Electronic communication has provided businesses and society with more information than ever before.
Yet, the need for speed has drawn attention to an appalling lack of accuracy, as of late.
Journalists, in particular, have always prided themselves on getting the “scoop” before the competition. In the past, being the first to report has been a great way to sell newspapers. But, in the Information Age, when it comes to reporting news, everyone is first.
Every major media outlet has become rather reliant on amateur stringers to provide news. After all, anyone with a cell phone is capable of getting a scoop.
The media has been getting into trouble lately for reporting things that weren’t true.
As I write this blog post, CNN and other news agencies reported U.S. Representative Gabrielle Giffords to be dead, then alive again, after being shot in a Tucson grocery store.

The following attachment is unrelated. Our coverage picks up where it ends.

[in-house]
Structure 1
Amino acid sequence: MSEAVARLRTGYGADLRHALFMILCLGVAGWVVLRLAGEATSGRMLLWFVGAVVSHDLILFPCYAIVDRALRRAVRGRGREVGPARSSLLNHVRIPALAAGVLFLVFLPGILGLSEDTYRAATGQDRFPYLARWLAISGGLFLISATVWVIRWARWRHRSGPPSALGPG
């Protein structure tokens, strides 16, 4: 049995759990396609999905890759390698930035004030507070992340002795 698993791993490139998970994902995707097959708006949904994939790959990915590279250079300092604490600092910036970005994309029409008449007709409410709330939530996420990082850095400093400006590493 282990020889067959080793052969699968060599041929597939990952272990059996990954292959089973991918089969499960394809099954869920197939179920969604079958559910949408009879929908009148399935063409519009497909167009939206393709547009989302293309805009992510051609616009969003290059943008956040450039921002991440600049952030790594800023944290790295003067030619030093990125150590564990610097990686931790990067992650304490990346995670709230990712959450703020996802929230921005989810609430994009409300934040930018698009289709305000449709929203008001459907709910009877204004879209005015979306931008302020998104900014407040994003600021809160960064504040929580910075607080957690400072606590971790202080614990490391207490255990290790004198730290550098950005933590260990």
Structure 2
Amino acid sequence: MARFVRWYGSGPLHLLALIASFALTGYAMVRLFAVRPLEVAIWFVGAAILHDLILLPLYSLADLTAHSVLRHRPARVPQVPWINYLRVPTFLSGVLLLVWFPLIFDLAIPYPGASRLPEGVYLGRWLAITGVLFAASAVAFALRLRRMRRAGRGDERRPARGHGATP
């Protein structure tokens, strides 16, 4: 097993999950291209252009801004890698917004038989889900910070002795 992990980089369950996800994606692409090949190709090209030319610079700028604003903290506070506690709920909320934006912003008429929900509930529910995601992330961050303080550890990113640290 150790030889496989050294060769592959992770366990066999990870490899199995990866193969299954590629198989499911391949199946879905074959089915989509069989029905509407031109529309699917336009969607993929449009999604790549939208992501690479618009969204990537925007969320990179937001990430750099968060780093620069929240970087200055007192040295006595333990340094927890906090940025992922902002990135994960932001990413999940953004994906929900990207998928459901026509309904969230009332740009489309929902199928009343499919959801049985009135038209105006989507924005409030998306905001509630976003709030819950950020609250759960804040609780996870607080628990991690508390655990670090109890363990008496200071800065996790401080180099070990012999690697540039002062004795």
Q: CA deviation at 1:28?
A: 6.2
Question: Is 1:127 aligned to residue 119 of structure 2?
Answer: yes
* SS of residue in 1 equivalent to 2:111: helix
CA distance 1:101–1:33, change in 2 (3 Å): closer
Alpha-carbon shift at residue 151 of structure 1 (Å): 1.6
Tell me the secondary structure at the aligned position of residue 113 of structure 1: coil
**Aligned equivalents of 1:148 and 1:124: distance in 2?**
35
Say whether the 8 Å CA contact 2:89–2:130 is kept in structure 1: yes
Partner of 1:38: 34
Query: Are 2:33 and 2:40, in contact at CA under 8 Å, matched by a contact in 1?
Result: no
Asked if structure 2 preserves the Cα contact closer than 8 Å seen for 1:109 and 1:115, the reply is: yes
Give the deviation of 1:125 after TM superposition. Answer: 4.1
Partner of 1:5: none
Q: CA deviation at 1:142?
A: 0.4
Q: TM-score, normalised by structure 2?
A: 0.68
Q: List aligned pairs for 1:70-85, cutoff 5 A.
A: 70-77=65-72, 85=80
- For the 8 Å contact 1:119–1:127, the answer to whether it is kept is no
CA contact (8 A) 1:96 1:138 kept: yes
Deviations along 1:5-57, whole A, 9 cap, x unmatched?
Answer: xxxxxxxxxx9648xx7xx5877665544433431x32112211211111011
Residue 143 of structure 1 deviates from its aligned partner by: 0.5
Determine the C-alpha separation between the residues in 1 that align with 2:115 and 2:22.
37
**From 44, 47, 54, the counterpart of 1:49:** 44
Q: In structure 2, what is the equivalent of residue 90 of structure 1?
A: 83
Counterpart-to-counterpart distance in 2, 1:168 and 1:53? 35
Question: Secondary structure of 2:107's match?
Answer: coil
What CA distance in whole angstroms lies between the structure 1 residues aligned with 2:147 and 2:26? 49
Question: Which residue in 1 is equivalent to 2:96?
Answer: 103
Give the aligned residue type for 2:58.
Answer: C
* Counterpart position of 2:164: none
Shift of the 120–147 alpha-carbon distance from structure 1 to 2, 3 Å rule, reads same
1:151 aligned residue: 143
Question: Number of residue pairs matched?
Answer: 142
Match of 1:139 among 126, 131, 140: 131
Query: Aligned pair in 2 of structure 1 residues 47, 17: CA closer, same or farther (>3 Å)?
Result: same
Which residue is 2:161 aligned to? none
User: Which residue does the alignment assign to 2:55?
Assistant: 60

Imagine being a Giffords family member as this type of false reporting occurred.
Journalism’s quest for speed can adversely affect accuracy. Yet, good communication, the kind that requires thought, research, and style, still takes time.
Let’s try to slow down a little and get things right the first time.